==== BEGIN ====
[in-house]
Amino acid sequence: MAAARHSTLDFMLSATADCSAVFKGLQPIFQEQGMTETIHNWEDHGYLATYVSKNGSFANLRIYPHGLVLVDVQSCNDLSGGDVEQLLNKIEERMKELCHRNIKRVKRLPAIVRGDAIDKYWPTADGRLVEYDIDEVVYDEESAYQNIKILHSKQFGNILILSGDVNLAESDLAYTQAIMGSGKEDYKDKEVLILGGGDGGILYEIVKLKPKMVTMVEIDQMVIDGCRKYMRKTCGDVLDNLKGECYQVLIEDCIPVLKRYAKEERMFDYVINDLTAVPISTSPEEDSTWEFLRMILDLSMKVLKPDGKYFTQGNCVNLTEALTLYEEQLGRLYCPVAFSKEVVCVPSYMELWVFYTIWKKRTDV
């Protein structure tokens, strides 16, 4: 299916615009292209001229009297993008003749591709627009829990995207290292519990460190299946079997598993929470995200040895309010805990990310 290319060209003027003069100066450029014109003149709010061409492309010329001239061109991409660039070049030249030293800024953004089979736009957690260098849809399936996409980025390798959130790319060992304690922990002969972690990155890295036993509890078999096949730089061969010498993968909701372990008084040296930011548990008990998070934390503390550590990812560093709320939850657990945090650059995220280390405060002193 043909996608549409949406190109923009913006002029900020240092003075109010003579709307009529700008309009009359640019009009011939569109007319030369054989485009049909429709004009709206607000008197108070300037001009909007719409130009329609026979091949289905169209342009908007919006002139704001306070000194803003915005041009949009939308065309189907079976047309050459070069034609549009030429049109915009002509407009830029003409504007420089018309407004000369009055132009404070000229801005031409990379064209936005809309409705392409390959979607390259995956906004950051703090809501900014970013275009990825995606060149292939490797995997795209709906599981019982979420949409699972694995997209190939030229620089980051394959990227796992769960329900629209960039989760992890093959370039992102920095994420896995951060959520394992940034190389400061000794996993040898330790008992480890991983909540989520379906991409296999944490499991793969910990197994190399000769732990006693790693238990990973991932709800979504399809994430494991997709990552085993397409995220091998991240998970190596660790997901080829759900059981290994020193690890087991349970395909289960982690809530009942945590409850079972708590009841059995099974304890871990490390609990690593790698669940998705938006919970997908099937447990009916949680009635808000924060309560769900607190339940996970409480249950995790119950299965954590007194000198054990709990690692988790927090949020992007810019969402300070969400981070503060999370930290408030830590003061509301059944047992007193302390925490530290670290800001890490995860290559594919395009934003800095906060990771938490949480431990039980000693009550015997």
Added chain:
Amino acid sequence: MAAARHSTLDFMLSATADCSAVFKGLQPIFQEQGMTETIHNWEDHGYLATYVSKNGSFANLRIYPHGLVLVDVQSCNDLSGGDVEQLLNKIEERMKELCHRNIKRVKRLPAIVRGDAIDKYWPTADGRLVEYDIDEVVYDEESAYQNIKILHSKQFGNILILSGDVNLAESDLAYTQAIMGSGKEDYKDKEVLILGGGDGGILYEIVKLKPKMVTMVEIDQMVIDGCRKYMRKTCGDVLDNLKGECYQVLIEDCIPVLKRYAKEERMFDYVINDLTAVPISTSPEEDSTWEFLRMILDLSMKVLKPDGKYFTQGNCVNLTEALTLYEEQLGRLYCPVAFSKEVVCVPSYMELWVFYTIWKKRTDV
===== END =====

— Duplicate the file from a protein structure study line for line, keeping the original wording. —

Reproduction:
[in-house]
Amino acid sequence: MAAARHSTLDFMLSATADCSAVFKGLQPIFQEQGMTETIHNWEDHGYLATYVSKNGSFANLRIYPHGLVLVDVQSCNDLSGGDVEQLLNKIEERMKELCHRNIKRVKRLPAIVRGDAIDKYWPTADGRLVEYDIDEVVYDEESAYQNIKILHSKQFGNILILSGDVNLAESDLAYTQAIMGSGKEDYKDKEVLILGGGDGGILYEIVKLKPKMVTMVEIDQMVIDGCRKYMRKTCGDVLDNLKGECYQVLIEDCIPVLKRYAKEERMFDYVINDLTAVPISTSPEEDSTWEFLRMILDLSMKVLKPDGKYFTQGNCVNLTEALTLYEEQLGRLYCPVAFSKEVVCVPSYMELWVFYTIWKKRTDV
């Protein structure tokens, strides 16, 4: 299916615009292209001229009297993008003749591709627009829990995207290292519990460190299946079997598993929470995200040895309010805990990310 290319060209003027003069100066450029014109003149709010061409492309010329001239061109991409660039070049030249030293800024953004089979736009957690260098849809399936996409980025390798959130790319060992304690922990002969972690990155890295036993509890078999096949730089061969010498993968909701372990008084040296930011548990008990998070934390503390550590990812560093709320939850657990945090650059995220280390405060002193 043909996608549409949406190109923009913006002029900020240092003075109010003579709307009529700008309009009359640019009009011939569109007319030369054989485009049909429709004009709206607000008197108070300037001009909007719409130009329609026979091949289905169209342009908007919006002139704001306070000194803003915005041009949009939308065309189907079976047309050459070069034609549009030429049109915009002509407009830029003409504007420089018309407004000369009055132009404070000229801005031409990379064209936005809309409705392409390959979607390259995956906004950051703090809501900014970013275009990825995606060149292939490797995997795209709906599981019982979420949409699972694995997209190939030229620089980051394959990227796992769960329900629209960039989760992890093959370039992102920095994420896995951060959520394992940034190389400061000794996993040898330790008992480890991983909540989520379906991409296999944490499991793969910990197994190399000769732990006693790693238990990973991932709800979504399809994430494991997709990552085993397409995220091998991240998970190596660790997901080829759900059981290994020193690890087991349970395909289960982690809530009942945590409850079972708590009841059995099974304890871990490390609990690593790698669940998705938006919970997908099937447990009916949680009635808000924060309560769900607190339940996970409480249950995790119950299965954590007194000198054990709990690692988790927090949020992007810019969402300070969400981070503060999370930290408030830590003061509301059944047992007193302390925490530290670290800001890490995860290559594919395009934003800095906060990771938490949480431990039980000693009550015997």
Added chain:
Amino acid sequence: MAAARHSTLDFMLSATADCSAVFKGLQPIFQEQGMTETIHNWEDHGYLATYVSKNGSFANLRIYPHGLVLVDVQSCNDLSGGDVEQLLNKIEERMKELCHRNIKRVKRLPAIVRGDAIDKYWPTADGRLVEYDIDEVVYDEESAYQNIKILHSKQFGNILILSGDVNLAESDLAYTQAIMGSGKEDYKDKEVLILGGGDGGILYEIVKLKPKMVTMVEIDQMVIDGCRKYMRKTCGDVLDNLKGECYQVLIEDCIPVLKRYAKEERMFDYVINDLTAVPISTSPEEDSTWEFLRMILDLSMKVLKPDGKYFTQGNCVNLTEALTLYEEQLGRLYCPVAFSKEVVCVPSYMELWVFYTIWKKRTDV